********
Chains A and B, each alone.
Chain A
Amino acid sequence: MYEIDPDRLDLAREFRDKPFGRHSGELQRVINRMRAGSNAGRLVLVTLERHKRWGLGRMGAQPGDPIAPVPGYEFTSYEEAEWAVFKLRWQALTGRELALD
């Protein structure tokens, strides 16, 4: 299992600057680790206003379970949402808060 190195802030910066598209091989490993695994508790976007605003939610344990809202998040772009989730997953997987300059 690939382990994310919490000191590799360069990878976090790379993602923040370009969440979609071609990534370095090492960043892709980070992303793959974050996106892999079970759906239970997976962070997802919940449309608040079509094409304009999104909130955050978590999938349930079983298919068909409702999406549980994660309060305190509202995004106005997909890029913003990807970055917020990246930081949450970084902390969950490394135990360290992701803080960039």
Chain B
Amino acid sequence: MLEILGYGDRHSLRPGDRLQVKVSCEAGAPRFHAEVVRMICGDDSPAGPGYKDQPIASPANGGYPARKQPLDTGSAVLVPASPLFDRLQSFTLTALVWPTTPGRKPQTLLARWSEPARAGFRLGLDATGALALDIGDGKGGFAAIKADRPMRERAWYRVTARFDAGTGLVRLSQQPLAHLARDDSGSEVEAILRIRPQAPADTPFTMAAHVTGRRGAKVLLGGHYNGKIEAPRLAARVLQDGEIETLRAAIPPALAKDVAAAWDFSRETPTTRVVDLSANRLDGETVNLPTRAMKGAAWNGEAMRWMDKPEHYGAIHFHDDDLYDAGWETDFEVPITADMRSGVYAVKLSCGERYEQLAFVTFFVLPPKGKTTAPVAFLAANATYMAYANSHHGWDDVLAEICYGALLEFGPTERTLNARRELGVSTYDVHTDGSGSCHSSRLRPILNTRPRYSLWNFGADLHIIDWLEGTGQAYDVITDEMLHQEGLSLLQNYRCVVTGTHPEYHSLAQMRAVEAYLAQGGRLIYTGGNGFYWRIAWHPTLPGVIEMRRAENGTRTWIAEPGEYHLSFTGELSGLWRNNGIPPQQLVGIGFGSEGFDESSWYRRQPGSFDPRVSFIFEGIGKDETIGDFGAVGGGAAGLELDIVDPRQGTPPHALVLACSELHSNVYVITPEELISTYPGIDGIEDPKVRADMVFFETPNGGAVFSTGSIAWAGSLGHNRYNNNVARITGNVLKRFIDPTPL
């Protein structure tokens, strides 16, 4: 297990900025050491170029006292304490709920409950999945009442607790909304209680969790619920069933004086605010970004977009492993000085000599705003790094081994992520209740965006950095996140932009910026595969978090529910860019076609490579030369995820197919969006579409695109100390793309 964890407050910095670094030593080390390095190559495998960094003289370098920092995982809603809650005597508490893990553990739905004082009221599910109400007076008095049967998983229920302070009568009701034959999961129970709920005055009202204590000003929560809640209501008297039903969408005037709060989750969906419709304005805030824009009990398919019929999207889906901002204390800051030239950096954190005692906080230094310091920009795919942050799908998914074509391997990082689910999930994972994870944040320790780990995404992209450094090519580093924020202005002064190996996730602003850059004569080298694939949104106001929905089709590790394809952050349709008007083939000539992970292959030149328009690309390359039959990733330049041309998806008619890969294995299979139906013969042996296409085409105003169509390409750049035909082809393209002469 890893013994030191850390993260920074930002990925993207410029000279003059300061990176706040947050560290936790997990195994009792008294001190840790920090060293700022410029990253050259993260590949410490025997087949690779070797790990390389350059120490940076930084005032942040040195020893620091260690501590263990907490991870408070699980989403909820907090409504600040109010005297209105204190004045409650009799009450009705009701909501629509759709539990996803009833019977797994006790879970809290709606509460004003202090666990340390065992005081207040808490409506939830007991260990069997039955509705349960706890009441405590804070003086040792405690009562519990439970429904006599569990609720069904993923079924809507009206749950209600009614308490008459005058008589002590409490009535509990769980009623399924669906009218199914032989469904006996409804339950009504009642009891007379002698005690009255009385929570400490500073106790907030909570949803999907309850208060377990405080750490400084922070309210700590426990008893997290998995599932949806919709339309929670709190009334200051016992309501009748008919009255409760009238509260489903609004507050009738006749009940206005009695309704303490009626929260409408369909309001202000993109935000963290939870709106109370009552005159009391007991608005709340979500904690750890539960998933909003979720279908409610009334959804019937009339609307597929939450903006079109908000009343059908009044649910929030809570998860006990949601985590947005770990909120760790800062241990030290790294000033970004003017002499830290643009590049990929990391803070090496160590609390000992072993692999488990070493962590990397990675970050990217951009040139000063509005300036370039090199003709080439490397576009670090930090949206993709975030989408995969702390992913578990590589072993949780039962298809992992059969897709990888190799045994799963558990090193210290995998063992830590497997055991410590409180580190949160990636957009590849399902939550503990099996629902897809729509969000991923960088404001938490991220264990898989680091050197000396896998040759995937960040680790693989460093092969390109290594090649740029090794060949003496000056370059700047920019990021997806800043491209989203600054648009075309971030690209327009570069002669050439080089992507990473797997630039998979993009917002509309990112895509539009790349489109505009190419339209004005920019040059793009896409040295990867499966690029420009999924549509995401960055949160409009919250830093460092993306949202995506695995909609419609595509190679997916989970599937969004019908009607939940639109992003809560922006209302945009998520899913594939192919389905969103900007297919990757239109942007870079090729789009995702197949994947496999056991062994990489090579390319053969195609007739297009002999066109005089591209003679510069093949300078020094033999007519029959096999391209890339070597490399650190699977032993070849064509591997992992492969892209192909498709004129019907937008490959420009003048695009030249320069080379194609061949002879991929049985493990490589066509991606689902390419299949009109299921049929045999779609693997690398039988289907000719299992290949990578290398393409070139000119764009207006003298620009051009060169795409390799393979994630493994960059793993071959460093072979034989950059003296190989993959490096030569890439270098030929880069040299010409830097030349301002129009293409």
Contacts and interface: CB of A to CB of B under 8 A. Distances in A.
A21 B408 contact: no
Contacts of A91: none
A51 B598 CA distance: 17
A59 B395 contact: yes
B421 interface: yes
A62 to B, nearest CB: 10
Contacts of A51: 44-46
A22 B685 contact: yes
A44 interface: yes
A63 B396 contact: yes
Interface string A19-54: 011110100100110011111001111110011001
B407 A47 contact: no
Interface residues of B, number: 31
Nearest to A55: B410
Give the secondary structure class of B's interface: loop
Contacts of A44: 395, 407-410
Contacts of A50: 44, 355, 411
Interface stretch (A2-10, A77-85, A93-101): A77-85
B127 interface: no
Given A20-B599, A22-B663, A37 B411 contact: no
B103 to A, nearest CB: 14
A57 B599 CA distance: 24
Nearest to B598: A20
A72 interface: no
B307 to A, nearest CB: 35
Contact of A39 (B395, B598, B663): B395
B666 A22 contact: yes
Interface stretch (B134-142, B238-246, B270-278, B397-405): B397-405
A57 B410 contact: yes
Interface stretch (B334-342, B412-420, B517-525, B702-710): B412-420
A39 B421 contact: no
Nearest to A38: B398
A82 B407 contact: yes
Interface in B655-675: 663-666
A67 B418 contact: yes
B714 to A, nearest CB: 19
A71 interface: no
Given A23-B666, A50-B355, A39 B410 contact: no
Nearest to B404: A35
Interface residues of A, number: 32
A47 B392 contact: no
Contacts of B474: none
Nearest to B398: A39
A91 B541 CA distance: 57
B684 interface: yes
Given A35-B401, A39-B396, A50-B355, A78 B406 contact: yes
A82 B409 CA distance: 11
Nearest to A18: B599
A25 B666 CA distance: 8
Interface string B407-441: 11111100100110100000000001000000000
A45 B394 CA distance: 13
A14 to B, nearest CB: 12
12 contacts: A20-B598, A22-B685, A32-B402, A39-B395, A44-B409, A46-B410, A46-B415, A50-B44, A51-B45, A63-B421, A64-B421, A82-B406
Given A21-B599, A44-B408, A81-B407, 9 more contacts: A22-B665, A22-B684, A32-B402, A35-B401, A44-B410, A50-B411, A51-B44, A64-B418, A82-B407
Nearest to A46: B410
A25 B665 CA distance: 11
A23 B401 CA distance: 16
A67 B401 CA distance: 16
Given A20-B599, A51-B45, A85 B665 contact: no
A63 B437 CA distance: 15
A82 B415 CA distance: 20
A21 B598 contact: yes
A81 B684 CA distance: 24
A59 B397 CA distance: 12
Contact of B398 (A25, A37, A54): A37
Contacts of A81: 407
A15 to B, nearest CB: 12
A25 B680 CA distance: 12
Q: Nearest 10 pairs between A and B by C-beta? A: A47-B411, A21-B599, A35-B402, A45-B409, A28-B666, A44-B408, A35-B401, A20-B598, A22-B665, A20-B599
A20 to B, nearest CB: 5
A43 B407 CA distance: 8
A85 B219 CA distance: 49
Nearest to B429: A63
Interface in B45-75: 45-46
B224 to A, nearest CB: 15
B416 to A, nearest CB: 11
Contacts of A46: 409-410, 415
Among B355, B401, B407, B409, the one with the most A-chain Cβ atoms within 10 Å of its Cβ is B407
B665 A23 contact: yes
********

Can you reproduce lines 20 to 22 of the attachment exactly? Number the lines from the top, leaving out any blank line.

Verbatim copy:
B407 A47 contact: no
Interface residues of B, number: 31
Nearest to A55: B410